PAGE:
YOUR LAST CIGARETTE,' I knew, right from that point, that I would never smoke again. I wasn't expecting it to be easy; in fact, just the reverse. I fully believed that I was in for months of black depression and that I would spend the rest of my life having the occasional pang. Instead it has been absolute bliss right from the start. It took me a long time to work out why it had been so easy and why this time I hadn't suffered those terrifying withdrawal pangs. The reason is that they do not exist. It is the doubt and uncertainty that cause the pangs. The beautiful truth is: IT IS EASY TO STOP SMOKING. It is only the indecision and moping about it that makes it difficult. Even while they are addicted to nicotine, smokers can go for relatively long periods at certain times in their lives without bothering about it. It is only when you want a cigarette but can't have one that you suffer. Therefore the key to making it easy is to make stopping certain and final. Not to hope but to know you have kicked it, having made the decision. Never to doubt or question it. In fact, just the reverse - always to rejoice about it. If you can be certain from the start, it will he easy. But how can you be certain from the start unless you know it is going to be easy? This is why the rest of the book is necessary. There are certain essential points and it is necessary to get them clear in your mind before you start.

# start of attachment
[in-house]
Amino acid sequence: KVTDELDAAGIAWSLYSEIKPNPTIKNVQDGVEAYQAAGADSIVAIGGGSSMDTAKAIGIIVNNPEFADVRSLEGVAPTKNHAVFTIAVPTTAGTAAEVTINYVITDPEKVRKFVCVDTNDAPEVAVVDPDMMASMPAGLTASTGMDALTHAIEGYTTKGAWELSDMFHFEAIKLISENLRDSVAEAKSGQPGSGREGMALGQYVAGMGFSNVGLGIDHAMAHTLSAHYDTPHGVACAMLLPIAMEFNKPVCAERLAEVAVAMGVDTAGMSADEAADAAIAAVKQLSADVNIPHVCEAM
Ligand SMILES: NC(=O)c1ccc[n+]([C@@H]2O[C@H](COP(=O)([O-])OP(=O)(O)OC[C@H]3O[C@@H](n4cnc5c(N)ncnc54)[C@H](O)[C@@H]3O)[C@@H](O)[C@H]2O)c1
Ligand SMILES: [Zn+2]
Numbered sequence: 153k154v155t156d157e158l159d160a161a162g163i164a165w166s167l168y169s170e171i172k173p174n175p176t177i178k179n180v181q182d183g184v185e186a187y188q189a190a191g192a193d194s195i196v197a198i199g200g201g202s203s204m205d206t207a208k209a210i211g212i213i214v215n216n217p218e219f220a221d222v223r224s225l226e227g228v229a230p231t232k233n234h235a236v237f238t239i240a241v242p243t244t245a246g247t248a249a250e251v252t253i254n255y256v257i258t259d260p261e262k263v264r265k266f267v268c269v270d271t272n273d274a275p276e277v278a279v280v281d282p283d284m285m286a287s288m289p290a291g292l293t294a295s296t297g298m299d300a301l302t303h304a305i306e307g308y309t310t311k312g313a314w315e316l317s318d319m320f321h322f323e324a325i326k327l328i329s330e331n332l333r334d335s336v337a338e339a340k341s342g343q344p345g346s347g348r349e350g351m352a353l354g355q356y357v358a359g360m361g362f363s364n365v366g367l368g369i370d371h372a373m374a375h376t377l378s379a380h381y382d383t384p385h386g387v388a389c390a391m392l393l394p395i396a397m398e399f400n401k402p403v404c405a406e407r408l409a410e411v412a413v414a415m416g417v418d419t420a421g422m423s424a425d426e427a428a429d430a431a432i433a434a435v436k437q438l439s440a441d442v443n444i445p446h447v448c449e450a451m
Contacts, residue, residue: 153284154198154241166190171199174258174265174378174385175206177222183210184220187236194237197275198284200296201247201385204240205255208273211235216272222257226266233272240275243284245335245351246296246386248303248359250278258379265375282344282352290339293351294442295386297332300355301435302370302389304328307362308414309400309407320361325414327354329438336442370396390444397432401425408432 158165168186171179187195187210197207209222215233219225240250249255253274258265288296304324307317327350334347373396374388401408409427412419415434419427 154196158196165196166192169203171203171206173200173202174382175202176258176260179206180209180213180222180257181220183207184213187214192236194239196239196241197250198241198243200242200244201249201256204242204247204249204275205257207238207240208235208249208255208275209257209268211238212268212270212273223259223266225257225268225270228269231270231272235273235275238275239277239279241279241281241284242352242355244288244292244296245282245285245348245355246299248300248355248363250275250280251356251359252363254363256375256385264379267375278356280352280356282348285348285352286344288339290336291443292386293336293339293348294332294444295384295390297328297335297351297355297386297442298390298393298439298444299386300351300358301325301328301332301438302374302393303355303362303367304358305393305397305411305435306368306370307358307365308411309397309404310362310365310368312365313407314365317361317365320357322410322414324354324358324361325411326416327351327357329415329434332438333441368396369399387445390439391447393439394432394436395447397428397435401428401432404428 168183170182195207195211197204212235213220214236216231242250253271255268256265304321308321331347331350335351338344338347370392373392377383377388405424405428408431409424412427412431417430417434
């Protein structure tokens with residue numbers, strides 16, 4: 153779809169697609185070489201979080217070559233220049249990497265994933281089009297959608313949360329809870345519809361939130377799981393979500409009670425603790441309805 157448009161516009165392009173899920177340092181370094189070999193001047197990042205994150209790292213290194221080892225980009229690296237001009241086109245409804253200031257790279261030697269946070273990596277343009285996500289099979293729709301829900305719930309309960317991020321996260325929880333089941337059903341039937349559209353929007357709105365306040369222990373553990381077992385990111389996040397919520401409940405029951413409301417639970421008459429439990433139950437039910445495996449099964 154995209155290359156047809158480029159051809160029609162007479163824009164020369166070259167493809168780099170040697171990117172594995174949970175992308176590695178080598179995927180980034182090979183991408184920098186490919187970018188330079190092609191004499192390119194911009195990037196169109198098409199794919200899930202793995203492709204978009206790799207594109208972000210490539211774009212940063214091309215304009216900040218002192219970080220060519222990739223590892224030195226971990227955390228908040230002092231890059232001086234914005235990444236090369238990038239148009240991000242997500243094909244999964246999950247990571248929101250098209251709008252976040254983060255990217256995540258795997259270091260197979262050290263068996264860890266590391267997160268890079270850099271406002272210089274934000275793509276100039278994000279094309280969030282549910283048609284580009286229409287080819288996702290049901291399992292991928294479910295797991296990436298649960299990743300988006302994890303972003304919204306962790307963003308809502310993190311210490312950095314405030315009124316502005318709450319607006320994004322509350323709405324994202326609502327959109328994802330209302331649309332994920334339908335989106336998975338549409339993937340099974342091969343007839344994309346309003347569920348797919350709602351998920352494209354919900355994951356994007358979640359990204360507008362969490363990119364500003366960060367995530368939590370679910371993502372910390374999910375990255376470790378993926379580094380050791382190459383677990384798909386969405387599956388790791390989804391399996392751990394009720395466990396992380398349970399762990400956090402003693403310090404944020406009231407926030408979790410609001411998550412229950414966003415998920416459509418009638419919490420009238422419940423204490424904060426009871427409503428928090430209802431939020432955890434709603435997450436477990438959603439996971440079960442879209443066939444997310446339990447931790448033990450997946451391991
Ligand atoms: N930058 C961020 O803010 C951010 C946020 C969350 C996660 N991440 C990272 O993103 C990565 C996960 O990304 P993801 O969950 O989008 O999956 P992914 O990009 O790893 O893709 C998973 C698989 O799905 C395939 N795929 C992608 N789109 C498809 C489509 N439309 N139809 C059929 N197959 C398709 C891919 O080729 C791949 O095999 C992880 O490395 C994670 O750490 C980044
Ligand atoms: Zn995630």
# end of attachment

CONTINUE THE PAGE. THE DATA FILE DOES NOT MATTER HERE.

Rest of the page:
When you have made the final decision that you have smoked your last cigarette you will already be a non-smoker. A smoker is one of those poor wretches who have to go through life destroying themselves with cigarettes. A non-smoker is someone who doesn't. Once you have made that final decision, you have already achieved your object. Rejoice in the fact. Get out and enjoy life immediately. Life is marvelous even when you are addicted to nicotine, and each day it will get better when you aren't.
Read more about causes, symptoms, diagnosis and treatment of lung disease.
The key to making it easy to quit smoking is to be certain that you will succeed in abstaining completely during the withdrawal period (maximum three weeks). If you are in the correct frame of mind, you will find it ridiculously easy. By this stage, if you have opened your mind as I requested at the beginning, you will already have decided you are going to stop. You should now have a feeling of excitement, like a dog straining at the lead, unable to wait to get the poison out of your system. If you have a feeling of doom and gloom, it will be for one of the following reasons.
It is essential to start with the correct frame of mind: Isn't it marvelous that I am a non-smoker!
All we have to do now is to keep you in that frame of mind during the withdrawal period, and the next few chapters deal with specific points to enable you to stay in that frame of mind during that time. After the withdrawal period you won't have to think that way. You will think that way automatically, and the only mystery in your life will be 'It is so obvious, why couldn't I see it before?'
However, two important warnings:
The Easy way to stop smoking is authored by Mr Allen Carr published by Easyway publishing. You can find more information about his books and methods at https://allencarr.com/ . His books can be purchased at www.easywaypublishing.com.